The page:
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Learn Chinese: Why is Labour Day a peak travel period in China?
By Juwai, 27 April 2018
Did you know, Labour Day was once a 7-day public holiday known as the third Golden Week in China?
Based on the Western Labour Day holiday, which originated in Europe during 1891, Labour Day – commonly referred to as May Day or “五一” (Wǔ Yī) in China – was designated as a public holiday in China during 1949.1
Like the original holiday in the West, Labour Day in China falls on 1 May each year, and celebrates the working classes and labourers. However, in China, this holiday lasts for three whole days instead of one day, which turns it into yet another long weekend break much anticipated by Chinese.
How did this come about? We take a step back into the past.
The beginnings of Labour Day in China
Although Labour Day was first introduced into China around 1918, it only became a national holiday in 1949, shortly after the establishment of the People’s Republic of China (PRC).1
Fast forward 50 years later, Labour Day was then established as one of the three Golden Week holidays from 1999 onward.2
The three Golden Weeks were set around Chinese New Year, Labour Day, and National Day (1 October) by the China government in a bid to boost domestic tourism.2
In 2008, though, the Labour Day Golden Week was reduced to make way for three other traditional festivals – namely Qingming (Tomb-Sweeping Day), Dragon Boat Festival, and Mid-Autumn Festival – to become national holidays as well.1
Today, Labour Day is essentially a one-day public holiday in China. However, two other ‘supplementary holidays’ have been added together with Labour Day to turn it into a three-day 'Mini Golden Week' break from 29 April till 1 May.3, 4
These ‘supplementary holidays’ will be then compensated with additional official work days on the weekend either before or after Labour Day.3, 4
Rising outbound travel during May Day
Although Labour Day is no longer classified as a Golden Week in China, it remains a peak travel period for Chinese.
In fact, China’s Ministry of Culture and Tourism projects 149 million Chinese will travel domestically and rake in 88 billion yuan ($13.9 billion) this 2018 Labour Day.5 And while Labour Day has long been popular as a domestic travel holiday, Chinese outbound tourism is gradually picking up over the May Day holidays as well.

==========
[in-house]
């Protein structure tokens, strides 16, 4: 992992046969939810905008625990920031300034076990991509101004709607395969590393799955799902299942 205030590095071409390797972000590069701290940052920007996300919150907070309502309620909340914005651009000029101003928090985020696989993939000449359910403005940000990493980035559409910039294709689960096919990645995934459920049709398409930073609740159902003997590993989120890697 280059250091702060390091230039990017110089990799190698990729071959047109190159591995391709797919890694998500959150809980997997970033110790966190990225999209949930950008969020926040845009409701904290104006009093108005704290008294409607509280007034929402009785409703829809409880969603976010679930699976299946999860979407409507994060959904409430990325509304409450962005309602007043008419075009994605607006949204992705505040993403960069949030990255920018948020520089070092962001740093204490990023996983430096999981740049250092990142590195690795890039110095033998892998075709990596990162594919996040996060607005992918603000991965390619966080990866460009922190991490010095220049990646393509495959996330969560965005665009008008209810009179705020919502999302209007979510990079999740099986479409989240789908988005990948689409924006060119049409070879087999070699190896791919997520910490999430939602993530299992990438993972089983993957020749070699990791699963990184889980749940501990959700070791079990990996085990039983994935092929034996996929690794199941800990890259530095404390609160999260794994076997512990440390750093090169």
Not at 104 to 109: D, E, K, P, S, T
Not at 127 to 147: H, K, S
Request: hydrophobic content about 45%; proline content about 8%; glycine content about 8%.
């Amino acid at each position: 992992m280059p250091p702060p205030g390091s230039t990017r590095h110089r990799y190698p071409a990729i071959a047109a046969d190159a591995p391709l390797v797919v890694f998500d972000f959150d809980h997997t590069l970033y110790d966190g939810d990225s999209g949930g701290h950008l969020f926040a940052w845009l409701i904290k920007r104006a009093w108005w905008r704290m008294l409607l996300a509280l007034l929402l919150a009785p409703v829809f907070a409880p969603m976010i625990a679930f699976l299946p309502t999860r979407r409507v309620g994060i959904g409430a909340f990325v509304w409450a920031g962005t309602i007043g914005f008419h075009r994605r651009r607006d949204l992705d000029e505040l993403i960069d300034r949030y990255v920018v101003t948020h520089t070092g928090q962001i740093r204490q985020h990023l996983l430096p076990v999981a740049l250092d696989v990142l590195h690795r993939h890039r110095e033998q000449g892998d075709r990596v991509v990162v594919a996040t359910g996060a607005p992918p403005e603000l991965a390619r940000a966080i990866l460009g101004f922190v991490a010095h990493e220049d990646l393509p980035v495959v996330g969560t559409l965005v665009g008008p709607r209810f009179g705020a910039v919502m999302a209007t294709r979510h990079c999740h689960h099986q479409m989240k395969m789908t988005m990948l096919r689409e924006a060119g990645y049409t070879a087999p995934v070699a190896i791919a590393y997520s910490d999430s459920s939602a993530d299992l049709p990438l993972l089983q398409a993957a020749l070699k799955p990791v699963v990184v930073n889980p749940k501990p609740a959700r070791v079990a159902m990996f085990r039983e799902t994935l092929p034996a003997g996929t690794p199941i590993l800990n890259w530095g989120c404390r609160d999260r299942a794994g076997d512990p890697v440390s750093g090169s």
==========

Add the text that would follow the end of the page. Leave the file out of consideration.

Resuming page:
41% of Chinese consumers on Chinese online travel agency Tuniu.com travelled overseas during Labour Day holiday in 2017.6
That said, where could Chinese outbound travellers be heading to this upcoming Labour Day?
According to China’s Ministry of Culture and Tourism, Chinese overseas travellers currently heavily favour Singapore, Thailand, and Malaysia.5 Besides that, Canada, France, Russia, and the United Arab Emirates (UAE) are also increasingly attracting outbound Chinese tourists.5
Considering 77% of Chinese have property purchase intentions in mind when travelling overseas, as revealed by our 2018 Chinese International Travel Survey, this bodes well for international agents or developers in any of the above countries.
With just days to go before Labour Day, it’s time to hustle as now’s the time to gear up and prepare the welcome mat for prospective Chinese buyers that could be heading your way.
Sources: 1. SupChina: Fun facts about Labor Day in China; 2. Tourism in China by Kaye Sung Chon, Zhang Guangrui, Alan A. Lew, John Ap, Lawrence Yu; 3. Wikipedia: International Workers’ Day; 4. Grandage Consulting: 2018 – China’s official holidays; 5. People’s Daily Online: China’s Labor Day revenue expected to hit $13.9 billion; 6. Dragon Tail Interactive: The ultimate guide to Chinese holidays for the outbound tourism industry;